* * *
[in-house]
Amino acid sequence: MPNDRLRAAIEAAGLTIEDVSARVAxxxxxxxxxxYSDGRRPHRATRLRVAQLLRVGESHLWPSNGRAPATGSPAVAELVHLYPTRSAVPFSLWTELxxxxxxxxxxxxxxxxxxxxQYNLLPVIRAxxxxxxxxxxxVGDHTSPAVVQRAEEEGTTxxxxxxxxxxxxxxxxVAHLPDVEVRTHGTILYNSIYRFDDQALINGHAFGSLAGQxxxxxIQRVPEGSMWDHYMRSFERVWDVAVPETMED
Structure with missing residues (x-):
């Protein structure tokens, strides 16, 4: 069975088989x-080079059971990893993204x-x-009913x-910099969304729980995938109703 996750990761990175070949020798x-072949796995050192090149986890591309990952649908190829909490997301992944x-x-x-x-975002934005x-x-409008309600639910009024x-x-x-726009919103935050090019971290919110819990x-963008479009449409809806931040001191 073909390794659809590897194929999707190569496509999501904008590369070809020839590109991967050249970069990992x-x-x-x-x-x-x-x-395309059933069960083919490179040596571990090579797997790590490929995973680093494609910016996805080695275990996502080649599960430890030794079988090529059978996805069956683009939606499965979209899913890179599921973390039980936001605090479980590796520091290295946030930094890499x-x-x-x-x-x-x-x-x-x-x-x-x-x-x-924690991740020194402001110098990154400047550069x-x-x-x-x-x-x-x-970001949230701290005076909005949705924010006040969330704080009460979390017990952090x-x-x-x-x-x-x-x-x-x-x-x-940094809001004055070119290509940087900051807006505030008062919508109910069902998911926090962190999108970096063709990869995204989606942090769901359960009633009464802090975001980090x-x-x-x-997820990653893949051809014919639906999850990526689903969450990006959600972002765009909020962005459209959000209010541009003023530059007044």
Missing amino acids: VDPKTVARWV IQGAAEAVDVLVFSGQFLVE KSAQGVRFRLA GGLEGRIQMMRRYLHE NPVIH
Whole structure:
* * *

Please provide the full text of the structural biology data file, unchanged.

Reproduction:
[in-house]
Amino acid sequence: MPNDRLRAAIEAAGLTIEDVSARVAxxxxxxxxxxYSDGRRPHRATRLRVAQLLRVGESHLWPSNGRAPATGSPAVAELVHLYPTRSAVPFSLWTELxxxxxxxxxxxxxxxxxxxxQYNLLPVIRAxxxxxxxxxxxVGDHTSPAVVQRAEEEGTTxxxxxxxxxxxxxxxxVAHLPDVEVRTHGTILYNSIYRFDDQALINGHAFGSLAGQxxxxxIQRVPEGSMWDHYMRSFERVWDVAVPETMED
Structure with missing residues (x-):
């Protein structure tokens, strides 16, 4: 069975088989x-080079059971990893993204x-x-009913x-910099969304729980995938109703 996750990761990175070949020798x-072949796995050192090149986890591309990952649908190829909490997301992944x-x-x-x-975002934005x-x-409008309600639910009024x-x-x-726009919103935050090019971290919110819990x-963008479009449409809806931040001191 073909390794659809590897194929999707190569496509999501904008590369070809020839590109991967050249970069990992x-x-x-x-x-x-x-x-395309059933069960083919490179040596571990090579797997790590490929995973680093494609910016996805080695275990996502080649599960430890030794079988090529059978996805069956683009939606499965979209899913890179599921973390039980936001605090479980590796520091290295946030930094890499x-x-x-x-x-x-x-x-x-x-x-x-x-x-x-924690991740020194402001110098990154400047550069x-x-x-x-x-x-x-x-970001949230701290005076909005949705924010006040969330704080009460979390017990952090x-x-x-x-x-x-x-x-x-x-x-x-940094809001004055070119290509940087900051807006505030008062919508109910069902998911926090962190999108970096063709990869995204989606942090769901359960009633009464802090975001980090x-x-x-x-997820990653893949051809014919639906999850990526689903969450990006959600972002765009909020962005459209959000209010541009003023530059007044």
Missing amino acids: VDPKTVARWV IQGAAEAVDVLVFSGQFLVE KSAQGVRFRLA GGLEGRIQMMRRYLHE NPVIH
Whole structure: